The political situation in Syria has some effect on the global financial markets.
An apparent chemical attack by the regime of Syrian president Bashar al Assad on a Damascus suburb on August 21st shifted the consensus in the west regarding a possible military intervention.
On Saturday, reports surfaced that four U.S. battleships were within striking range of Syria.
However, despite of growing estimations that a U.S. led response will take place, it seemed that financial markets only began to encompass the possibility that such an attack could yield unpredictable negative results.
Equity markets, especially those in emerging countries, seemed relatively affected by the rising tension.
The Saudi Stock Market’s Tadawul Index suffered nearly a 3% drop 15 minutes into Tuesday’s trade.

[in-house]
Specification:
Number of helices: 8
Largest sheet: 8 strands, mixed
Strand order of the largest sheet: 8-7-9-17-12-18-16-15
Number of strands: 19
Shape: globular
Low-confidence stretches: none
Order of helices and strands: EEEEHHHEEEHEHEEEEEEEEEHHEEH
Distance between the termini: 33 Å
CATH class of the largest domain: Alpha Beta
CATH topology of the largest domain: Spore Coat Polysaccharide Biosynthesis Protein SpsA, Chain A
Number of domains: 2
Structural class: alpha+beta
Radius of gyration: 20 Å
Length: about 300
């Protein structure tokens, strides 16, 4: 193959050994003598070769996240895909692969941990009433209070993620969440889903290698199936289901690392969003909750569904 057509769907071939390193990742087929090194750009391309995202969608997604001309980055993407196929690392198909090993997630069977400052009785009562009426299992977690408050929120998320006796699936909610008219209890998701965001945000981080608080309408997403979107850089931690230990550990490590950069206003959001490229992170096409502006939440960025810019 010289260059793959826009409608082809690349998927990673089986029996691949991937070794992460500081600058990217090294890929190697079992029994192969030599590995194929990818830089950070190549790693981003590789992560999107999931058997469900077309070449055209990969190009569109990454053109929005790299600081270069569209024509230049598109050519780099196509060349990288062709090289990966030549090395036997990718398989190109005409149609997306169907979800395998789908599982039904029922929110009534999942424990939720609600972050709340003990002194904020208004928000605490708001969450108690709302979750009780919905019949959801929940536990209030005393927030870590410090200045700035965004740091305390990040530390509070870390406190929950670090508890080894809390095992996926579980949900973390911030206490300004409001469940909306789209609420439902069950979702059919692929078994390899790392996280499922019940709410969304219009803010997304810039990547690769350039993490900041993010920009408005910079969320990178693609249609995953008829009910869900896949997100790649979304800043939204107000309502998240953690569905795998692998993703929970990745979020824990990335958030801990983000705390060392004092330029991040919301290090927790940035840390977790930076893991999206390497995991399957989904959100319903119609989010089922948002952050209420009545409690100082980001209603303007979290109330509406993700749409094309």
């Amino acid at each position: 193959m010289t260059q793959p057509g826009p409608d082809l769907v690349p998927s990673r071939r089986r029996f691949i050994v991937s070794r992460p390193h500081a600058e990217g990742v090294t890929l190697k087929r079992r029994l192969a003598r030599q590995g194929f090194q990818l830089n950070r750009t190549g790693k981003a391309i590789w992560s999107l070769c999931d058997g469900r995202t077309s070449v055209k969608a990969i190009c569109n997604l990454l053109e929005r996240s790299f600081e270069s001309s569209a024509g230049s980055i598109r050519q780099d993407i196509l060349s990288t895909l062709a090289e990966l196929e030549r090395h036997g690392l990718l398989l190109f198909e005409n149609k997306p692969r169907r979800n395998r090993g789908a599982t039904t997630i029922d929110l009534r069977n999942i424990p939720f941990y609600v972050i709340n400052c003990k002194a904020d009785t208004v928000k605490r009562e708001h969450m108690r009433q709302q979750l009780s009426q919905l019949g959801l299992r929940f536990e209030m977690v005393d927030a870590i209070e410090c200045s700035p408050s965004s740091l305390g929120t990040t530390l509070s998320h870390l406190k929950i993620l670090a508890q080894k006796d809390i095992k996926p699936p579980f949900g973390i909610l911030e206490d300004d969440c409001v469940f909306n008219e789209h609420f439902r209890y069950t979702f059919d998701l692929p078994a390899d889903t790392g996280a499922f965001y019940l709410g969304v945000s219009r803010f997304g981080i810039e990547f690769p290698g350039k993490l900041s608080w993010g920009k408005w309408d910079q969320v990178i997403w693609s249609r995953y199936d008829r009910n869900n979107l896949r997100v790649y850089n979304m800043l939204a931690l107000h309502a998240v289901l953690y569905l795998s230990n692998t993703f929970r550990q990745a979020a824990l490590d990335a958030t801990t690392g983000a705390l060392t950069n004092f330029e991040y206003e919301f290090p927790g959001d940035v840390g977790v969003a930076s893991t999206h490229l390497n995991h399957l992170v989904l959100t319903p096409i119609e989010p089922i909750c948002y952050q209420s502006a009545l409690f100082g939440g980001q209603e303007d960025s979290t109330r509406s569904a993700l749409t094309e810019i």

A similar phenomenon took place on Turkey’s Borsa Istanbul National 100 Index, which lost about 1.5% on Tuesday’s opening.
Concerns from the unexpected later cascaded into the energy market as the fear of withheld supply sent crude oil prices from around $106 to a barrel on Tuesday, to as high as $112 on Wednesday.
The out flow of capital from the equity markets also found the ancient metal of kings to be a proper safe harbor as Gold gained 2%, from around $1,403 per ounce, to as high as $1,433, between Monday and Tuesday.
At that point, markets seemed baffled by the uncertainty, but as Russia aligned with Iran saying that a diplomatic solution is needed, markets started moving back to their original positions in light of the possibility that an attack will not take place after all.
On Thursday, the U.K’s House of Commons voted against an intervention in Syria, sending gold back to $1,408 and oil to around $108 per barrel.